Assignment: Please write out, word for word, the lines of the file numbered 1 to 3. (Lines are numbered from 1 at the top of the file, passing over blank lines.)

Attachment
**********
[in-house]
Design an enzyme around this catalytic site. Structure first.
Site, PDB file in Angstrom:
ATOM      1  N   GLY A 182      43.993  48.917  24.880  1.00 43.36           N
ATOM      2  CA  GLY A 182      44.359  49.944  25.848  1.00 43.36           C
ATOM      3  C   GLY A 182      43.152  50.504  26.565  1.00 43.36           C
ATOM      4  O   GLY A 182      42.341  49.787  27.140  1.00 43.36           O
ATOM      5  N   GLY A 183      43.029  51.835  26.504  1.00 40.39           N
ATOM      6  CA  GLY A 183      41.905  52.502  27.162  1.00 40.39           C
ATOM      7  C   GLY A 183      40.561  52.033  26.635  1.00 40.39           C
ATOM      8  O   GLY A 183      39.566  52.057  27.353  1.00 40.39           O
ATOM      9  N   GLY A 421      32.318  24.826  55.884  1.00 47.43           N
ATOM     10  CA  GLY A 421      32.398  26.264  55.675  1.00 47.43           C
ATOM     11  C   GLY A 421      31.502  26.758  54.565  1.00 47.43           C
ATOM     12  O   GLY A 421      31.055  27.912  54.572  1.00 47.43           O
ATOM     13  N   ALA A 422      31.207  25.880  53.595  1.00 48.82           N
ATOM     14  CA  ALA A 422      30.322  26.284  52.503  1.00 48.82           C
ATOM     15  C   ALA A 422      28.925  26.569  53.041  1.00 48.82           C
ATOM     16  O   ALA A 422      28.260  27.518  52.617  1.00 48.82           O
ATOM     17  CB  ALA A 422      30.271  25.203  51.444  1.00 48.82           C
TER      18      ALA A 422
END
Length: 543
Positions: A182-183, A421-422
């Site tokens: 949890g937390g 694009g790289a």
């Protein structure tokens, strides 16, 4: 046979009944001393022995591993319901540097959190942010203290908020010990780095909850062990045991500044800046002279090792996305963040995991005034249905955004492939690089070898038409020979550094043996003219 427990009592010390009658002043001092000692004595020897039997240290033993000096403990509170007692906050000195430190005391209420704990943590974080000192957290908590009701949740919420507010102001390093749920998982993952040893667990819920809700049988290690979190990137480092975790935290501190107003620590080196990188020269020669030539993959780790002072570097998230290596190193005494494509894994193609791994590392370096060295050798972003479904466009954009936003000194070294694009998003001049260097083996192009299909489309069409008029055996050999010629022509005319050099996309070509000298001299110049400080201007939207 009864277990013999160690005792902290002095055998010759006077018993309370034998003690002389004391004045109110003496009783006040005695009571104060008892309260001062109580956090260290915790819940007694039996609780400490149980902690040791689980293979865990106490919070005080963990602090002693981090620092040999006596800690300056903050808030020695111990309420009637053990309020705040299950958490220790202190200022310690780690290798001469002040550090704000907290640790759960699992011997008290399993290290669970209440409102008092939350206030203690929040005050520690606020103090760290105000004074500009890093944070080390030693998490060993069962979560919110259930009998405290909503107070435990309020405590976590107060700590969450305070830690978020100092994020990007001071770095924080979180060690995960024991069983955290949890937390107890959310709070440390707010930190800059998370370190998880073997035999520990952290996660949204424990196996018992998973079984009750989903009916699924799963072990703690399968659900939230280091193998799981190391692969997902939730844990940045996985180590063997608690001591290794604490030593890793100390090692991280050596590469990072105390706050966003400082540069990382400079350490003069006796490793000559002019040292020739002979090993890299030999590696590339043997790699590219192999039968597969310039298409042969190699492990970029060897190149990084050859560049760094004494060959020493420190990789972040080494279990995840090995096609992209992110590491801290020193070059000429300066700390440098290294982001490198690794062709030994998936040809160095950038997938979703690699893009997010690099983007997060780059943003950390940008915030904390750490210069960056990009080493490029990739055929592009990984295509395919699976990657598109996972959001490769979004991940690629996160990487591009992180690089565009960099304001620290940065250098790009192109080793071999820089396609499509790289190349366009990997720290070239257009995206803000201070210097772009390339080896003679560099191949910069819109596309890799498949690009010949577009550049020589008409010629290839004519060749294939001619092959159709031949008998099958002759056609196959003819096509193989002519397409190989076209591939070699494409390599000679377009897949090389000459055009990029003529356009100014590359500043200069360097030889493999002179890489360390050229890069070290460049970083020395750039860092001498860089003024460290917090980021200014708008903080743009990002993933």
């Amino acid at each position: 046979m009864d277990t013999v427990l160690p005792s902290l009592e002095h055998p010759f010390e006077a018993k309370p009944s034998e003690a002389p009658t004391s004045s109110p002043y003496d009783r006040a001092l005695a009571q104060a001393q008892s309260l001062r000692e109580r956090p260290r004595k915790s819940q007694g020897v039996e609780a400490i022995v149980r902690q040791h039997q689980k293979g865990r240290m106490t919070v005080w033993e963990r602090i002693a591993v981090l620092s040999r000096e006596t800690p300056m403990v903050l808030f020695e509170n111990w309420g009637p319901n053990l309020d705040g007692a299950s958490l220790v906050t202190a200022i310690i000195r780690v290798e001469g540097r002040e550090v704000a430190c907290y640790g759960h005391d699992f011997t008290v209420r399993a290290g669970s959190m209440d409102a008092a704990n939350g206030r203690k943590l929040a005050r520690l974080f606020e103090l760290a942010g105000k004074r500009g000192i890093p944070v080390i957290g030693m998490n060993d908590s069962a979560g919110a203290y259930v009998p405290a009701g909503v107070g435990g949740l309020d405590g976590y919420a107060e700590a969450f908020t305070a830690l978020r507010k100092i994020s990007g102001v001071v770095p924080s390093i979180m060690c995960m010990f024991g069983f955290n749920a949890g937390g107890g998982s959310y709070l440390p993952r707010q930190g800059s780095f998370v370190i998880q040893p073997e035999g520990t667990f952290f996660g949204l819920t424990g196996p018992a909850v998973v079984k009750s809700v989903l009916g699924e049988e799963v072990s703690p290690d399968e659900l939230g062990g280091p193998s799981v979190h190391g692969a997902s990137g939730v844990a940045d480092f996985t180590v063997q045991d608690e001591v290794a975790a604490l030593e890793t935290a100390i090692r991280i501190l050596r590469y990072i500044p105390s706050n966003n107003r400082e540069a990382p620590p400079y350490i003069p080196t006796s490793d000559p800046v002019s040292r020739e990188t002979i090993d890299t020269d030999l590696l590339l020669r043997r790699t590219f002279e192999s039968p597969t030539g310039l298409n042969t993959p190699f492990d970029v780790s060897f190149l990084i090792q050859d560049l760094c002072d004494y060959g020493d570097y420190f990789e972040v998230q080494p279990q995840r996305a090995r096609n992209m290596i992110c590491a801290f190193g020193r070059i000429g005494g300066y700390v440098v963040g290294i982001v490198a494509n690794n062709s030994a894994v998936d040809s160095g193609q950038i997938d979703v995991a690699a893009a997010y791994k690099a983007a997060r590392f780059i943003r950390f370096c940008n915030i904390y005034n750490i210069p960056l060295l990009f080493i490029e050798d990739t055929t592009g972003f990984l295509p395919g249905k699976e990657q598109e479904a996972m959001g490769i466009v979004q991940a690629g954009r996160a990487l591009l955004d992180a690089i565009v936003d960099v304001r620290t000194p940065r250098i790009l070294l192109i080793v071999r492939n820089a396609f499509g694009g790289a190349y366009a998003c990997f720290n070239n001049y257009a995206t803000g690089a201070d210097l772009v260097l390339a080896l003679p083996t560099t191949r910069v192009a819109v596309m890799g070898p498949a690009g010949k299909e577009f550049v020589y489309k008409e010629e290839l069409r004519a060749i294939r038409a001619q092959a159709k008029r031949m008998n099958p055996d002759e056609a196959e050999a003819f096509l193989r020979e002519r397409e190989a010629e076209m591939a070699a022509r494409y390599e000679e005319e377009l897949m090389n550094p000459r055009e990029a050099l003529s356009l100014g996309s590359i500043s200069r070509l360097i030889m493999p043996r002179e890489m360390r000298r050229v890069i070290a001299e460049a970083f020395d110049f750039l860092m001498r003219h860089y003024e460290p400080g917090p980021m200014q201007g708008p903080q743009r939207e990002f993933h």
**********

[in-house]
Design an enzyme around this catalytic site. Structure first.
Site, PDB file in Angstrom: